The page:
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Self-Checks Help Spot Melanoma's Return

Posted 4 days ago by Drugs.com

MONDAY, Feb. 20, 2017 – Self-checks by melanoma skin cancer patients play an important role in detecting a return of the most deadly form of skin cancer, new research suggests. In the study, which covered the years from 1996 to 2015, investigators from Thomas Jefferson University in Philadelphia and the University of North Carolina analyzed data from a multi-institution database on 581 stage 2 melanoma patients who were followed for at least one year. Of those, 171 (29 percent) had a recurrence of their cancer. Patient-detected symptoms such as changes on their skin, coughing blood, or seizures were the most common ways that recurrence was detected, accounting for 40 percent of cases. Thirty percent were detected by scheduled doctor exams and 26 percent were spotted in routine imaging tests, according to the study published recently in the Journal of the American College of Surgeons. ... Read more

Related support groups: Basal Cell Carcinoma, Sunburn, Melanoma, Skin Cancer, Melanoma - Metastatic, History - Skin Cancer, Prevention of Sunburn

Heart Risks May Boost Women's Colon Cancer Risk, Too

Posted 1 Feb 2017 by Drugs.com

WEDNESDAY, Feb. 1, 2017 – Even normal-weight women may be at greater risk for colon cancer if they have certain traits, such as elevated levels of blood fat, high blood sugar, high blood pressure and low levels of good cholesterol, a new study suggests. Among older women of normal weight, those with so-called metabolic risk factors had a 49 percent increased risk for cancers of the colon, rectum and sigmoid colon (the lower part of the intestine connecting the rectum and colon) compared with healthy counterparts. Current guidelines recommend colon cancer screening primarily based on a person's age. But identifying at-risk individuals by their metabolic type could help prevent these cancers and catch them at an earlier stage, saving more lives, the study authors concluded. The takeaway: "Know your own metabolic health, even if your weight is normal," said Juhua Luo, the study's senior ... Read more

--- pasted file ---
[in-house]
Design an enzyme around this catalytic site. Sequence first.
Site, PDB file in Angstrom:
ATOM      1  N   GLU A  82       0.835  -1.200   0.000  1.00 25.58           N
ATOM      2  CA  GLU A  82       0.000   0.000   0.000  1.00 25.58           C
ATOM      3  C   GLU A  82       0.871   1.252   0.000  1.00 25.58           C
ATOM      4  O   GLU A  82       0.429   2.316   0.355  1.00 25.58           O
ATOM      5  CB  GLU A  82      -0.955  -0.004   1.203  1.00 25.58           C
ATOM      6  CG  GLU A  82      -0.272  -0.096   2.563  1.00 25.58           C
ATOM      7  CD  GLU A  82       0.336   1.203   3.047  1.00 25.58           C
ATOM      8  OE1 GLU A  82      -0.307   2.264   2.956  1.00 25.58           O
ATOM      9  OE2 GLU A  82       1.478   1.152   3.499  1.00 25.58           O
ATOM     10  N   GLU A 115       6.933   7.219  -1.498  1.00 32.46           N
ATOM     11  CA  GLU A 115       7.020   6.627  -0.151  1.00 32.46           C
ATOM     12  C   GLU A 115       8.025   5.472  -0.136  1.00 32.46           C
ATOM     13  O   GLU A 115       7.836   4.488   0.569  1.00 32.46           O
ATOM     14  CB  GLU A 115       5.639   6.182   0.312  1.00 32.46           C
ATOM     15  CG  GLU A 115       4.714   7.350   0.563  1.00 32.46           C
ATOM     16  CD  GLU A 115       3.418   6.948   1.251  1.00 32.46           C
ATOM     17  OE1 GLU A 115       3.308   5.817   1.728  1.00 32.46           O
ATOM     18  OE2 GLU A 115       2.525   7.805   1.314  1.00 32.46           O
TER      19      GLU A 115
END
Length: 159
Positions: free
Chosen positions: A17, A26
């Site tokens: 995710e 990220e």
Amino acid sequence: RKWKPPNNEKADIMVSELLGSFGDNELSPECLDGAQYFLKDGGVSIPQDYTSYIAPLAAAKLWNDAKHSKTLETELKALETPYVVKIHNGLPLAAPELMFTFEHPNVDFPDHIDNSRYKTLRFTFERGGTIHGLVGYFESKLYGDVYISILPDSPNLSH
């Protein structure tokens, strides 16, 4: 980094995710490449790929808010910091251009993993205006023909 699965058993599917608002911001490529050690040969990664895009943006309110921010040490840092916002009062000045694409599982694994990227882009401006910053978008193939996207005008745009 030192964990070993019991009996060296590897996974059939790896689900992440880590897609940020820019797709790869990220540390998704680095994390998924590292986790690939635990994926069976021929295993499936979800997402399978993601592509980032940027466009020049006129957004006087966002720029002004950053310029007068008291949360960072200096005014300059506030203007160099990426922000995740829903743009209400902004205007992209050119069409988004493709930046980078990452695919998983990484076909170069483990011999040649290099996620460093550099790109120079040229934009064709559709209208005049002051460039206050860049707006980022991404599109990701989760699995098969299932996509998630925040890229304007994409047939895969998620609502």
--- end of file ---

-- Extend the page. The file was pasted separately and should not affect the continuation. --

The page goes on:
Related support groups: Obesity, High Blood Pressure, Cancer, Lisinopril, Hypertension, Heart Disease, Heart Attack, Losartan, High Cholesterol, Benicar, Diovan, Spironolactone, Ramipril, Cozaar, Enalapril, Micardis, Valsartan, Benazepril, Colorectal Cancer, Basal Cell Carcinoma

Skin Cancer Cream Linked to 5 Dog Deaths: FDA

Posted 20 Jan 2017 by Drugs.com

THURSDAY, Jan. 19, 2017 – Five dogs have died from exposure to a skin cancer cream prescribed for people, according to the U.S. Food and Drug Administration. Ingesting very small amounts of the drug – fluorouracil topical cream USP 5% (5-FU) – can sicken or kill family pets, said the FDA. "Although the FDA has not to date received any reports involving cats, they are also expected to be extremely sensitive to fluorouracil cream," the agency said in a news release. The drug is also marketed under the brand names Carac, Efudex and Fluoroplex, the FDA said. It's used to treat precancerous sun-damaged skin as well as some basal cell skin cancers, according to the American Cancer Society. In one case, a dog merely punctured the tube of fluorouracil in its mouth before its owner could grab it. The pooch died 12 hours later, after vomiting and suffering seizures. In another instance, a dog ... Read more

Related support groups: Fluorouracil, Efudex, Basal Cell Carcinoma, Carac, Melanoma, Skin Cancer, Melanoma - Metastatic, Fluoroplex, Tolak, Adrucil, History - Skin Cancer, Diclofenac/fluorouracil, Efudex Occlusion Pack, Fluorac

Many College Women Ignore Indoor Tanning's Risks

Posted 13 Jan 2017 by Drugs.com

FRIDAY, Jan. 13, 2017 – Despite the known dangers, many white female college students continue to tan indoors, a new study finds. Indoor tanning can lead to premature skin aging and skin cancers, including potentially deadly melanoma. It's particularly risky for younger people and frequent users, according to the U.S. Centers for Disease Control and Prevention. For this study, researchers at Indiana University surveyed 629 white female undergraduate and graduate students. Just about all of the young women knew that tanning can cause premature skin aging and skin cancer. Moreover, almost 80 percent did not believe that indoor tanning is safe or any safer than outdoor tanning. Still, about seven out of 10 said they like to get a tan even though they know tanning may harm their skin. Nearly 84 percent said tanning makes them feel more attractive. Those more likely to use tanning booths or ... Read more